The Granger-Weasley Wedding: A Muggle Perspective (Fan-Fic)

The car rolled over the moors, lumbering through the humid June morning. It was a respectable car, certainly nothing flashy, moving at a reasonable pace. Seated in the front seat was a couple that were similarly respectable, reasonable, and certainly nothing flashy. The driver was a middle-aged man with thinning red-brown hair and a slightly ruddy complexion; seated beside him, poring over maps printed from the internet, was his wife, whose brown hair was tied loosely back. Both wore spectacles and were the model of middle-class practicality.

Filtering from the Peugeot’s speakers was a CD by the Australian rock band Nick Cave & the Bad Seeds, which the couple had bought on a year-long holiday down under a couple of years prior. That trip had been one of the few impulsive things either of them had ever done: Looking back, they were hard-pressed to explain what had driven them to suspend their dentistry practice and leave for Australia for an entire year.

“Lovely country, isn’t it?” the husband said to his wife. “Do you think they’re going to stay out here after the wedding?” She looked up from the maps that she was studiously examining and smiled.

“Well, they both work in London so I imagine they might end up at least a little closer to us. Oh, look,” she added, pointing to a signpost, “Ottery St. Catchpole, 1 mile. It should be coming up.” She buried her head back into the maps.

As the narrow road curved around a bulbous little hill, they spotted a narrow drive cutting through a bog marked by what appeared to be a freshly painted sign:

No. 127
THE BURROW

The husband was about to ask his wife if this was the driveway they were looking for, but realized he had no need: This was certainly it.

The evidence was a man standing some ways down from the sign, who began waving excitedly as soon as he saw the car slow down. He was middle-aged, with thinning hair that still retained much of its original bright red, wearing what could only be described as a wizard’s robe.

“The Grangers, at long last!” he exclaimed as the car pulled to a stop and Mr. Granger rolled down the window.

“Hello, Arthur! You didn’t have to meet us at the end of the drive,” said Mr. Granger by way of greeting, as Mrs. Granger leaned across her husband to wave her hello.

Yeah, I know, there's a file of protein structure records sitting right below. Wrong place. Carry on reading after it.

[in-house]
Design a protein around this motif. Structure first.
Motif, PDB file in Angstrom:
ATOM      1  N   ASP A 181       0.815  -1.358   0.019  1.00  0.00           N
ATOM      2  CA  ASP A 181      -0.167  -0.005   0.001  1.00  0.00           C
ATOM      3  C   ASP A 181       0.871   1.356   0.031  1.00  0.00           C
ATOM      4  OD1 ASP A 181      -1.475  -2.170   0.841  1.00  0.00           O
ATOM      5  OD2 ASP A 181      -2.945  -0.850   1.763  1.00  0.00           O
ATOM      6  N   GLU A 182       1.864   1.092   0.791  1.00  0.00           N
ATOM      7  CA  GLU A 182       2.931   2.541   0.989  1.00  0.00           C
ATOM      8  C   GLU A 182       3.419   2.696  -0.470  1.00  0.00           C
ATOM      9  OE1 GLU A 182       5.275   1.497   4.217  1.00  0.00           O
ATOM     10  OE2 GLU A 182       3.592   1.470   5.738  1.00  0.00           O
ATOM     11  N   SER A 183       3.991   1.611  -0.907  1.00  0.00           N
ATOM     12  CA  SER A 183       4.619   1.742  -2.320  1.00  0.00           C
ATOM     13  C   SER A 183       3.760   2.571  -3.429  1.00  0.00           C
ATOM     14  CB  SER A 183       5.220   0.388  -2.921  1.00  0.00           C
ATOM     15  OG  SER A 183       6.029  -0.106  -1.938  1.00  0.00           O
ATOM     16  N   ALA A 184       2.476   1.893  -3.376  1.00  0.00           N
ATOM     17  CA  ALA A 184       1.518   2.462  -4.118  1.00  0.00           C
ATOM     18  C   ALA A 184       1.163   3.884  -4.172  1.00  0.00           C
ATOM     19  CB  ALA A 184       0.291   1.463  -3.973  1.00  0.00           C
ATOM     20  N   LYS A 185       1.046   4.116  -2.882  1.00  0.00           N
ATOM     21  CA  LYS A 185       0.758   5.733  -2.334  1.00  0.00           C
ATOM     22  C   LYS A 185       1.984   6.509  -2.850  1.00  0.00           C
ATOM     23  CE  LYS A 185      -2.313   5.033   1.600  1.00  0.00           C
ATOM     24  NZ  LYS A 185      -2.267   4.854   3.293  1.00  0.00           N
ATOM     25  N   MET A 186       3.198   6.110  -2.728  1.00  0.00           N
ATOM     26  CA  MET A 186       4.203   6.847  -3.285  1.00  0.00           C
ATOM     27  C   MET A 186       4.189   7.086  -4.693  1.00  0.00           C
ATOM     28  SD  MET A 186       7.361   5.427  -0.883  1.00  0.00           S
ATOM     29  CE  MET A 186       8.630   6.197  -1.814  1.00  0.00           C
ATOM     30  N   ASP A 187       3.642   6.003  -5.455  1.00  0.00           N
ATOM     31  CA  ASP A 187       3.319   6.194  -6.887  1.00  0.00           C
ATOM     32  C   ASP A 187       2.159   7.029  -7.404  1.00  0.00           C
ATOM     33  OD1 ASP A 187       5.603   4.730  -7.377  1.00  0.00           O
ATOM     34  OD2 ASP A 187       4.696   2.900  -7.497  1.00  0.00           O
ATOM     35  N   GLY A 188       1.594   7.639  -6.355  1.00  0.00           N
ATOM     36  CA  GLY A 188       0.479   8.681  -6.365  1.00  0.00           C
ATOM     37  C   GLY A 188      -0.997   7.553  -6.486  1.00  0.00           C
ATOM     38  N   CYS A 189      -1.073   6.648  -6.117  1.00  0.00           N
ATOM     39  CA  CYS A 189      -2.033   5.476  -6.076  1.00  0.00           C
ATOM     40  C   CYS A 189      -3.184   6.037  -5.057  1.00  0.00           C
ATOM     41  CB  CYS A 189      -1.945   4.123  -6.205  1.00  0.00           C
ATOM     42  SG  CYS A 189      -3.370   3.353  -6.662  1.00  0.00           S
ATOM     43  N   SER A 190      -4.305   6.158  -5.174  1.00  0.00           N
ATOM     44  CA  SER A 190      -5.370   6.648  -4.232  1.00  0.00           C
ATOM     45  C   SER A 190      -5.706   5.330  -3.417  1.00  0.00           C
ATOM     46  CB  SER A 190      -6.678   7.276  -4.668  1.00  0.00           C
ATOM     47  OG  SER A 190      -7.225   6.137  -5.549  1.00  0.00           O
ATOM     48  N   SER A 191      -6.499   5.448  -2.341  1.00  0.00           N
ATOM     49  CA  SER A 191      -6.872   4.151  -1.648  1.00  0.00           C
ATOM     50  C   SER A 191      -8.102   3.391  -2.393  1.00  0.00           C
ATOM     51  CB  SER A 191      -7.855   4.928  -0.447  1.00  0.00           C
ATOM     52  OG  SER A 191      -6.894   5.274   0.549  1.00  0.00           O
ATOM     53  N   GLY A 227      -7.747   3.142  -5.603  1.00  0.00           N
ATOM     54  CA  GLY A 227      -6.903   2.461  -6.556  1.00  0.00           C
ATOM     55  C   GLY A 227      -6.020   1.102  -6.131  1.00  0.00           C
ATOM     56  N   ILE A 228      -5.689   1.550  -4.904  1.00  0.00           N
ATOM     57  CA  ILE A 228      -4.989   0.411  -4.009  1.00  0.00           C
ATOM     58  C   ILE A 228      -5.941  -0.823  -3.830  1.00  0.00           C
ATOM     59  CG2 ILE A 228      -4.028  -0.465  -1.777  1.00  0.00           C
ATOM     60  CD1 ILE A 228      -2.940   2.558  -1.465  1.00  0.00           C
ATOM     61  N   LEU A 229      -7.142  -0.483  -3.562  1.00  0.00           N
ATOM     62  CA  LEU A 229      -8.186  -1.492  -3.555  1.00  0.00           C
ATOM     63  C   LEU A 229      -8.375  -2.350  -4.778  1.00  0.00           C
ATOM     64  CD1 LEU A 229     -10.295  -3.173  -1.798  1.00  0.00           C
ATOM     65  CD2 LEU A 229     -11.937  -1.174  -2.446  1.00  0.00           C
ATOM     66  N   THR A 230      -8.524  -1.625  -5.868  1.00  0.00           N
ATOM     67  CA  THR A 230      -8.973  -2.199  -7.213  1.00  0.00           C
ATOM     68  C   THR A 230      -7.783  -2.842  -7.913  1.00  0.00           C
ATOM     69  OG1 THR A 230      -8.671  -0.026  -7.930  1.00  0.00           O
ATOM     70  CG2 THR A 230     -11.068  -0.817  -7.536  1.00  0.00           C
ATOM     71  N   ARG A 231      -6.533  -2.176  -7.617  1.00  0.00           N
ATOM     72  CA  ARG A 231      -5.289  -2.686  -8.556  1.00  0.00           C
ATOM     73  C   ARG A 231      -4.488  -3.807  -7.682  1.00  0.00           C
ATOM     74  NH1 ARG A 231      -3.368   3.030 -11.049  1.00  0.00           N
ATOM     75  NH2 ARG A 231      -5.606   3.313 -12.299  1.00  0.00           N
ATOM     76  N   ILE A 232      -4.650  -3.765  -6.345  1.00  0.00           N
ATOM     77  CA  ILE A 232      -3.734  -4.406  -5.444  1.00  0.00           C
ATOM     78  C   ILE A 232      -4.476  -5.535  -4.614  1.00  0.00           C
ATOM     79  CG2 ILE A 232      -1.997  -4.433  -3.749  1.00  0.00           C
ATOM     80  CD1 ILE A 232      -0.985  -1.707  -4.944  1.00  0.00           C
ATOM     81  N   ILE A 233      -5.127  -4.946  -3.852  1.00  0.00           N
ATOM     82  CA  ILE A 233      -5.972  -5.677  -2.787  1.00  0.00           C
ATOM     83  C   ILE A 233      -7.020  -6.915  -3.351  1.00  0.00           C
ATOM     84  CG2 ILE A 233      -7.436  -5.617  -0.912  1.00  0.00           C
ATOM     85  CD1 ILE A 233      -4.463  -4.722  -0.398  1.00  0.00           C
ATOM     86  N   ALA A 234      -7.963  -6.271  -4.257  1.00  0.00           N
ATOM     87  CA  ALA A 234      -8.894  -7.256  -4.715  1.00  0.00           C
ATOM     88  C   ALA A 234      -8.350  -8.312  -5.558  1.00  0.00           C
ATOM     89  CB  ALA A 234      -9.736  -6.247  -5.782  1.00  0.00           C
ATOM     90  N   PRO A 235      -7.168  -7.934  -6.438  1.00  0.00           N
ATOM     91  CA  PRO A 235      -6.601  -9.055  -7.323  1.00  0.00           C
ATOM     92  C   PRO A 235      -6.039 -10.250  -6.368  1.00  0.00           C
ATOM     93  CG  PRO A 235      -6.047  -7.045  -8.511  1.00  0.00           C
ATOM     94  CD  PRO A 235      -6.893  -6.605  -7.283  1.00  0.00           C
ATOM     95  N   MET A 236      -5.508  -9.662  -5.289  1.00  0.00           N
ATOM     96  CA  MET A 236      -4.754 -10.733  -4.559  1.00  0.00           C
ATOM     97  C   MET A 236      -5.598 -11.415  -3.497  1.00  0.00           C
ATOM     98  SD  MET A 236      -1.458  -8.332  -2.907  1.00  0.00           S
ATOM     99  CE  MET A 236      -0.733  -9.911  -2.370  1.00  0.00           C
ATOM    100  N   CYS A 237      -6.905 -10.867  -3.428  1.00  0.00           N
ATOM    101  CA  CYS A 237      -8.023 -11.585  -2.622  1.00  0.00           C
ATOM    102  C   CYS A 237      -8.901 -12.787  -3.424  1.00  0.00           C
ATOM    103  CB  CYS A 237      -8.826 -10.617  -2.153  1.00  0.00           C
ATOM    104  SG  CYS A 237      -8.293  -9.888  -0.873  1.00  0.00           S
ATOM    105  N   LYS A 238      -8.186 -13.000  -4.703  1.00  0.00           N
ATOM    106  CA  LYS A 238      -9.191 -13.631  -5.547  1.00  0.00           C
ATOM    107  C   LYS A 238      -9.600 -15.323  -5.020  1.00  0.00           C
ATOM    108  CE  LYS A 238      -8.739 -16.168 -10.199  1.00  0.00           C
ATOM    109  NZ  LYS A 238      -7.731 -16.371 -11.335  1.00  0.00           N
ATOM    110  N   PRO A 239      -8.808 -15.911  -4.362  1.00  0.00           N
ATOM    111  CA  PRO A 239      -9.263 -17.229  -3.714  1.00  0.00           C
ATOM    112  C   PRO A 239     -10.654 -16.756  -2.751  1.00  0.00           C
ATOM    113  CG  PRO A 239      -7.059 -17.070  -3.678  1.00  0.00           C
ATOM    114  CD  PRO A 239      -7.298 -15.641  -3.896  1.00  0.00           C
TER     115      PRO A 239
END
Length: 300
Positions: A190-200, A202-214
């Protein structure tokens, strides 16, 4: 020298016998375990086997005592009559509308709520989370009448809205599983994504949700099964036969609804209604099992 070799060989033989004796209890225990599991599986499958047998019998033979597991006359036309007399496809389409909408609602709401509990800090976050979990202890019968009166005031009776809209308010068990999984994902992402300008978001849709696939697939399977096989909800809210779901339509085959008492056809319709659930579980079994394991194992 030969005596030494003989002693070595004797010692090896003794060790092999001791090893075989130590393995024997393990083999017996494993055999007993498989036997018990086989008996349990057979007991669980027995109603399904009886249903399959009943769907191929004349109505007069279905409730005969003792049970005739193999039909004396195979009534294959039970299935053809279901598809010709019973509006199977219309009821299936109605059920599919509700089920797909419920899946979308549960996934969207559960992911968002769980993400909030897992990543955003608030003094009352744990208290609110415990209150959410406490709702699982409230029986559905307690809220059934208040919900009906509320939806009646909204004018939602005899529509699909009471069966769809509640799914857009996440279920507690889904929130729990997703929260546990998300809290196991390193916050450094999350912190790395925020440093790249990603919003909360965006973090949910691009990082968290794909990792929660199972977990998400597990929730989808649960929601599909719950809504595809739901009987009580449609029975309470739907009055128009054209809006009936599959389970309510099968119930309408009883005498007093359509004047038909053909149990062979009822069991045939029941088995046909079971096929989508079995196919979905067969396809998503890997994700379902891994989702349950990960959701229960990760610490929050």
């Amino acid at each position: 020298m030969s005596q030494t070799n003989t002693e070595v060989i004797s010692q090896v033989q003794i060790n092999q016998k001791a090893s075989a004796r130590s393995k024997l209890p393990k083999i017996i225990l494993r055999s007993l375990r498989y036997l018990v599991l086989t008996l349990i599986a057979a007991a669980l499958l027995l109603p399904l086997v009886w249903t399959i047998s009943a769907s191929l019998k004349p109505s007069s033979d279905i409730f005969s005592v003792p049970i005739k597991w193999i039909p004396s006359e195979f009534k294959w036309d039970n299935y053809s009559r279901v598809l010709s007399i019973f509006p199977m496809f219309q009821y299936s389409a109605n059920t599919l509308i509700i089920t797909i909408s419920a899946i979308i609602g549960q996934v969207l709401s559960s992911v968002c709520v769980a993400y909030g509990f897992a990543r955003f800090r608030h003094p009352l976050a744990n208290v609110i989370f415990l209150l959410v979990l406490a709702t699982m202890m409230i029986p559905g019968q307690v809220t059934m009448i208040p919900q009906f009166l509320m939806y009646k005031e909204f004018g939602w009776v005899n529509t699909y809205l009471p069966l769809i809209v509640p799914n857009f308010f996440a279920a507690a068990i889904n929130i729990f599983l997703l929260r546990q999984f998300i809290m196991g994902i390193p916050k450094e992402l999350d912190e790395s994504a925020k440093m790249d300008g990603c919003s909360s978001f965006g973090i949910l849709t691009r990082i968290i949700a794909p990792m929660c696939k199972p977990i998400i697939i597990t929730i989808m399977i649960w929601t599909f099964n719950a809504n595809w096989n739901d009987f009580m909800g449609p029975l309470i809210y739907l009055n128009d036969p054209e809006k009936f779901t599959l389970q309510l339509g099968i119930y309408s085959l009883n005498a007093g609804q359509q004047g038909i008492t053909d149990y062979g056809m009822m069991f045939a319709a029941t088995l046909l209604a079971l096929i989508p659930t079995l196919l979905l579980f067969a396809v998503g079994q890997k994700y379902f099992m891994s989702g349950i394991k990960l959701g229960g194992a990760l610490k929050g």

“Oh, it was no problem at all! I wasn’t sure if I did the number right — our home is usually unmarked. We don’t get your post, you know. Besides, I’m always fascinated by how unmodified muggle cars work.”

The Granger shared a bemused look, before Mrs. Granger spoke. “Would you like to drive it back to your house, then?” she asked.

Continue reading “The Granger-Weasley Wedding: A Muggle Perspective (Fan-Fic)”

Book Report: FRANCE by Jonathan Fenby

9781250096838Partly because of the way it’s painted itself to the world through a long history of art, geopolitics, and run-of-the-mill tourism salesmanship — but also partly because of our entwined histories — Americans have drawn a number of caricatures of France. Coexistence between two or more of these caricatures seems impossible; each is its own nation, distinct from the others. This speaks to French culture’s complex nature, and also to its complicated history.

There’s the boho-chic France, of the Lost Generation and Shakespeare & Co., of the Left Bank and Gauloises, Beckett and Sartre. This is the France of self-serious art, which may have evolved over the generations but is, always, just so French.

There’s the French idolized by the wealthy, the France of the grand chateaux of the Rhone and Bordeaux, of 246 kinds of cheese, of the Bocuse d’Or and yellow-and-blue Provençal tablecloths.

There’s the France unable to defend itself, the France of surrender, just as bad at defending its 1998 World Cup win as it was the Maginot Line.

And there’s the newest caricature of France, held by a particular sort of person, who views it as a country single-handedly saved by the U.S. — twice — who used their opportunity at 20th Century prosperity to do ludicrous things with taxes while admitting way too many Muslims into the country.

There are more, I’m sure, but the point is clear: If these competing caricatures speak to the complexity of France, they also speak to our (Americans’) inability or unwillingness to genuinely understand the French. We do this at our own peril. While we may share a language and a distant history with the United Kingdom, we arguably have the most in common with the French.

That’s one lesson I learned from reading France: A Modern History from the Revolution to the War with Terror (c2015, St. Martin’s Press). Its British author Jonathan Fenby was named a chevalier de la Légion d’honneur for his contributions towards British-French relations, but he emphasizes throughout the book a tension very familiar to students of the American situation: the tension between France’s stated ideals and the actual, lived experience of the French people.

Continue reading “Book Report: FRANCE by Jonathan Fenby”

In 2016, I Became a Democrat

When I registered to vote after turning 18 in 2004, I (loudly) proclaimed myself to be a Proudly Registered Independent. I’ve been a registered voter in Maryland, Louisiana, and California, and each time I selected that state’s version of “no party preference.” That ended this year, three weeks before my fourth presidential election, when I (quietly) changed my registration to Democrat.